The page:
The post office rules specifically forbid the practice of "criss-crossing," that is, jaywalking back and forth across the street to get the mail delivered faster. Many of his co-workers did this and were often finished several hours early. His already oversized route kept expanding and Blomander took the time that was necessary to complete the route -- about an hour and a half more than he was alotted. He didn't claim overtime because the atmosphere was so poisoned that he feared he would be fired. Over seven years, John Blomander claimed only 110 hours of overtime. Eventually he was exhausted and took sick leave for stress.

Part of this stress involved John Blomander's need to reassure himself and others that he was reasonable in his request to have his route reduced. (That same route was divided into three in 1994.)

Blomander arranged to have pictures taken. Above is his work station, below, left the containers ready to load, and right, the parcels and the van fully loaded for the daily delivery.

When management learned he had taken pictures, he was told he could face criminal charges because he took pictures of people's mail. inJusticebusters challenge anyone to read a name on any letter or parcel.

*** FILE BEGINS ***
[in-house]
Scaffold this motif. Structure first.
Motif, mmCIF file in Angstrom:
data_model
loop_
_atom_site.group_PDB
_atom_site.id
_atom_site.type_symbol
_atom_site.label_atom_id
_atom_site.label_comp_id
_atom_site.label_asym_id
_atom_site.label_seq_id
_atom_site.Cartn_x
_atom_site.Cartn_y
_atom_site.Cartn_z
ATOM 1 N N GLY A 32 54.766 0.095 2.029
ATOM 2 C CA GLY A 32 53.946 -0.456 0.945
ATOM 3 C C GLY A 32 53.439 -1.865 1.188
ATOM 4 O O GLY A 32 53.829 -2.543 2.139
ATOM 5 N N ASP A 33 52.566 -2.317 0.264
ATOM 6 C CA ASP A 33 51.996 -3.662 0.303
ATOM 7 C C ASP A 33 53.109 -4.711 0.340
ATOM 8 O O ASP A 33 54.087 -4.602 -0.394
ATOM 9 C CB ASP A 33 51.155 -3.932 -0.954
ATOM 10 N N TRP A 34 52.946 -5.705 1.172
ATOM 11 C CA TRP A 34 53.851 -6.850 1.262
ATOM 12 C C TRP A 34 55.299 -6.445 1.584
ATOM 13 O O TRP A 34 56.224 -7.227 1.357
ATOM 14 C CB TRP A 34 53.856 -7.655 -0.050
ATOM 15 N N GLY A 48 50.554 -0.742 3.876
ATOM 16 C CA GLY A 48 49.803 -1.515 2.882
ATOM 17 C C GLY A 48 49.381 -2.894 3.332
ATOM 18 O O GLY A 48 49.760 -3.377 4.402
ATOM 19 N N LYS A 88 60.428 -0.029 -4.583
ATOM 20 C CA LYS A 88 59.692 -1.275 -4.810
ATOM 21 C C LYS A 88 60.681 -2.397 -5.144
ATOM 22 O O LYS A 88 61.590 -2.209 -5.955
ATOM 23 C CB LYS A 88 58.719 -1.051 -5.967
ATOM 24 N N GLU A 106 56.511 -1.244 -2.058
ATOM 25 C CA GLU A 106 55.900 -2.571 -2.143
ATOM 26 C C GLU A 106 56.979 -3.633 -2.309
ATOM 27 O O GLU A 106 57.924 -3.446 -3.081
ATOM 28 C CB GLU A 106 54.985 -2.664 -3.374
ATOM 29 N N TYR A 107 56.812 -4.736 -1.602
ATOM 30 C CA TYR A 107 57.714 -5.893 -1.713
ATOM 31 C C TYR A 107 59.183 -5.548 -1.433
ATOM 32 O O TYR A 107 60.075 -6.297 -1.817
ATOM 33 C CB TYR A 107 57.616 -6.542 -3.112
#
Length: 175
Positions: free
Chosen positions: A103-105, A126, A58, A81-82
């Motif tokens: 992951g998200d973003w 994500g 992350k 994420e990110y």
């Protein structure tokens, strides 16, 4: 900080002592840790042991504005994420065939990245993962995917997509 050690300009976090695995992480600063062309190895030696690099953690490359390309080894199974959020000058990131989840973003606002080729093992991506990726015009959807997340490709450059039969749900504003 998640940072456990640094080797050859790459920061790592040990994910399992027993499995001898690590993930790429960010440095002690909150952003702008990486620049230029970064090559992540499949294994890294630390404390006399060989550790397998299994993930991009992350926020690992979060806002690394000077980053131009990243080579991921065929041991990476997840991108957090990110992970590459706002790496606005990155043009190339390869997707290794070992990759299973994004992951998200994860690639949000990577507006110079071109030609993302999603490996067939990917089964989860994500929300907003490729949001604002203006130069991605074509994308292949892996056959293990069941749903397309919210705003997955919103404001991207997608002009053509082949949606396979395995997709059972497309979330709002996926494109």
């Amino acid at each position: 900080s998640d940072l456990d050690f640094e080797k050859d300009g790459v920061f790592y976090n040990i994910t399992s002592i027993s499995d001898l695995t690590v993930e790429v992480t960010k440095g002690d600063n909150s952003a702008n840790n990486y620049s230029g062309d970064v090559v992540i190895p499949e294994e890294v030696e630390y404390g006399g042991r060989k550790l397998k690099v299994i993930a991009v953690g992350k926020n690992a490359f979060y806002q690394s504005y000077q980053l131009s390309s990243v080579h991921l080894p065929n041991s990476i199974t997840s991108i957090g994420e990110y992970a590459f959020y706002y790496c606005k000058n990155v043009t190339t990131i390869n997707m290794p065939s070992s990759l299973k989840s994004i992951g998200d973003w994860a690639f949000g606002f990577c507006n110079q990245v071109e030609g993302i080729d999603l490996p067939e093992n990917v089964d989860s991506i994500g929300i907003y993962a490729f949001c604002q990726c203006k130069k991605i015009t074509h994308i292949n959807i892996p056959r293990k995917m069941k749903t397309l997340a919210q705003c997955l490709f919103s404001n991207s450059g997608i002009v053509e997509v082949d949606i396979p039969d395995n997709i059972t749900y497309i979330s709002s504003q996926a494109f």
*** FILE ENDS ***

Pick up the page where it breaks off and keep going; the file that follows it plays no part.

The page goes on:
At his own expense, Blomander hired a private investigator to compare the routes and to observe how the mail was delivered. The report he received included videotape of major criss-crossing and a worker using a taxi to deliver the mail on part of his route.

On October 8, 1997, G. Van Eaton submitted his report on the meeting with John Blomander on behalf of the two-member WCB panel. Blomander feels this report truthfully reflects his situation. It is posted here. Van Eaton Report: Page 1 | 2 | 3 | 4 | 5 | 6 | 7 | 8 | 9

The Leader Post carried John Blomander's story in 1997. News clippings are also posted. August 26, 1997: 1 | 2 | Dec. 19, 1997

Workman's Compensation, Canada Post management and the union have now all conspired to cover up the injustice done to John Blomander. We will provide details in the weeks to come.

We will continue to add to this page. The injustice which has been done to John Blomander stuns the imagination. Management first refused to address his initial complaint, using procedural gobbledegook to cover up the fact that his route was measurably much too large. As if that was not enough, (and we know that this happens all the time), they defamed him to his co-workers, his fellow workers, and anyone who would listen as the kind of mad postal worker who commits the kind of headline making crimes that scare the public half to death . It is important to keep in mind that John had no mental health history and no record, official or otherwise of any kind of violence. He clearly states he believes most disputes can be resolved through nonviolent means.